The joining phase of V(D)J recombination illustrates several aspects of the flexibility of the enzymes involved. Pol mu and pol lambda can slip on the template or mis-incorporate nucleotides more frequently than high-fidelity polymerases (Ramadan et al., 2004). Pol mu can add in a template-independent manner (Gu et al., 2007a; Ramadan et al., 2004). The ligase complex can ligate the top strand independently from the bottom strand, can ligate incompatible ends, and can ligate across gaps (Gu et al., 2007a). Once activated, the Artemis:DNA-PKcs complex can not only act at 5' or 3' overhangs but can also nick at gaps; therefore, it can revise junctions that are ligated on only one strand (Ma et al., 2005b).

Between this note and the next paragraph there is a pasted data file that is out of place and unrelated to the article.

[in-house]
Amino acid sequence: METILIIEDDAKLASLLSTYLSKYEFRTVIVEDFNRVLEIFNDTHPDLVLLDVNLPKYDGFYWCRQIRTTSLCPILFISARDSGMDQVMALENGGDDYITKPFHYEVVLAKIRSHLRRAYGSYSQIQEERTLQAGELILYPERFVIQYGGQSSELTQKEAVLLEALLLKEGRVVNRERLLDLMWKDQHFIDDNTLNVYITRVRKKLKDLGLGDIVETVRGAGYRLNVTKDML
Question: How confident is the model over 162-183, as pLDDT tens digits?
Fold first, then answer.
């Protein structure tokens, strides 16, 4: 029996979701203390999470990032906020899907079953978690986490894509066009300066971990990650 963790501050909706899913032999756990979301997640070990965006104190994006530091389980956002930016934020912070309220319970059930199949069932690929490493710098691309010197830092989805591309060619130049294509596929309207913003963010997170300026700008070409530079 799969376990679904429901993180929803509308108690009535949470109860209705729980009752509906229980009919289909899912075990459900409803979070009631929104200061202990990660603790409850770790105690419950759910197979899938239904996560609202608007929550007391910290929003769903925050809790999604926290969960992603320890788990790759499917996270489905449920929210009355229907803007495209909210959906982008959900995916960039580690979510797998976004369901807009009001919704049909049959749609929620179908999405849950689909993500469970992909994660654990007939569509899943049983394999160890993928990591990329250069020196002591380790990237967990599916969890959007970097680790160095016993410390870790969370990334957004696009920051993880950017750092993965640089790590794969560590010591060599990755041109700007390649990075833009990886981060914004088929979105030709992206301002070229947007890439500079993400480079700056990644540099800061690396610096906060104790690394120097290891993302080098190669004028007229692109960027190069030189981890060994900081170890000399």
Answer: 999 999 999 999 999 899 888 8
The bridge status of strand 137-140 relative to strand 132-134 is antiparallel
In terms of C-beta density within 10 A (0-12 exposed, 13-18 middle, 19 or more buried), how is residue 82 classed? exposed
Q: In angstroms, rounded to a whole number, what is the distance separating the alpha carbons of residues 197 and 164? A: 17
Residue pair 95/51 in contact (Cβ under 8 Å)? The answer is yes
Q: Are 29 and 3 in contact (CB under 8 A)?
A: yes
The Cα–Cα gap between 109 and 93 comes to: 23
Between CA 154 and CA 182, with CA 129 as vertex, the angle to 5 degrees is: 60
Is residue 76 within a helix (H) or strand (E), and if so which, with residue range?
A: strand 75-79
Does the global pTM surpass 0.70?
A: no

In summary, the lymphoid-specific components that have been identified include RAG1, RAG2 and TdT, whereas HMGB1, Ku70/86, Artemis, DNA-PKcs, pol mu, pol lambda, XLF, XRCC4, and DNA ligase IV are present in all vertebrate somatic cells. Despite identification of these proteins, reconstitution using purified components has not been described. The closest approach has been to describe some level of coding joint formation in crude extracts (Leu et al., 1997; Ramsden et al., 1997; Weis-Garcia et al., 1997). However, crude extracts can be misleading (especially for multi-step/multi-component processes) and led one group to infer a role for DNA ligase I in V(D)J recombination (Ramsden et al., 1997), rather the genetically-proven ligase IV (Grawunder et al., 1997; Schar et al., 1997; Teo and Jackson, 1997; Wilson et al., 1997). Once components are genetically-identified, reconstitution is an important aspect in understanding any complex biochemical pathway (Aboussekhra et al., 1995; Kadyrov et al., 2006; Klungland and Lindahl, 1997; Kubota et al., 1996).